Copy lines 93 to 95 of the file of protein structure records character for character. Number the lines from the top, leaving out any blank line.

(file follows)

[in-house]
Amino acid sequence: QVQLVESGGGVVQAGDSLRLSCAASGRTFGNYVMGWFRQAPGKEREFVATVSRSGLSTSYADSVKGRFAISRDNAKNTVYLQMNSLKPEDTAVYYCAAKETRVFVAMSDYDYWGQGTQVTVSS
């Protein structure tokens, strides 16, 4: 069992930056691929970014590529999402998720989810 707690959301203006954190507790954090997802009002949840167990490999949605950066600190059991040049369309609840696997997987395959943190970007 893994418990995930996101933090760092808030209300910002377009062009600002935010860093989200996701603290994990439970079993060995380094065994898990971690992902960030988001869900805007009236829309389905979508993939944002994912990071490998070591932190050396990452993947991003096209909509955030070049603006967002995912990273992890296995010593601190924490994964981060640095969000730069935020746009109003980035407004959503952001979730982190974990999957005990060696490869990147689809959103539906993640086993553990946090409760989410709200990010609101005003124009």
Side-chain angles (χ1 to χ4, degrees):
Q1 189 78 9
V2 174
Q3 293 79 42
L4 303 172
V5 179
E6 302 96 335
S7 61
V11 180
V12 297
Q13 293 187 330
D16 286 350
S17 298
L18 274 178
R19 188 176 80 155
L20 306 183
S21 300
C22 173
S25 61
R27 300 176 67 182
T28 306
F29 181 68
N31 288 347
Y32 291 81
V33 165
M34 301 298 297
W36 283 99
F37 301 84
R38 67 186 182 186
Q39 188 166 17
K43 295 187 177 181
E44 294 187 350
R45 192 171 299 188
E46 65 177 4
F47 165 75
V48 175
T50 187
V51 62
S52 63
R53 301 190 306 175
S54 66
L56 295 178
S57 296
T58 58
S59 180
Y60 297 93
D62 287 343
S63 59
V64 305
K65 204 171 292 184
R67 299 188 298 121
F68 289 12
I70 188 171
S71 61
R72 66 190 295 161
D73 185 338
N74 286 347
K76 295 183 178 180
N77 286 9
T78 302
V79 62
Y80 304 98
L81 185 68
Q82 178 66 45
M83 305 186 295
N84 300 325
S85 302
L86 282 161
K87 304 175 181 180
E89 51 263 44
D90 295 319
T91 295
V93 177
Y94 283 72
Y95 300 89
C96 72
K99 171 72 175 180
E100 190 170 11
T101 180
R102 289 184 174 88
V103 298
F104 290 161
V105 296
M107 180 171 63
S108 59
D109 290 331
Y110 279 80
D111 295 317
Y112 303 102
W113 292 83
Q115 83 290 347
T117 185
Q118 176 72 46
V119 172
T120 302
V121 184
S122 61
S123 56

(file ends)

W113 292 83
Q115 83 290 347
T117 185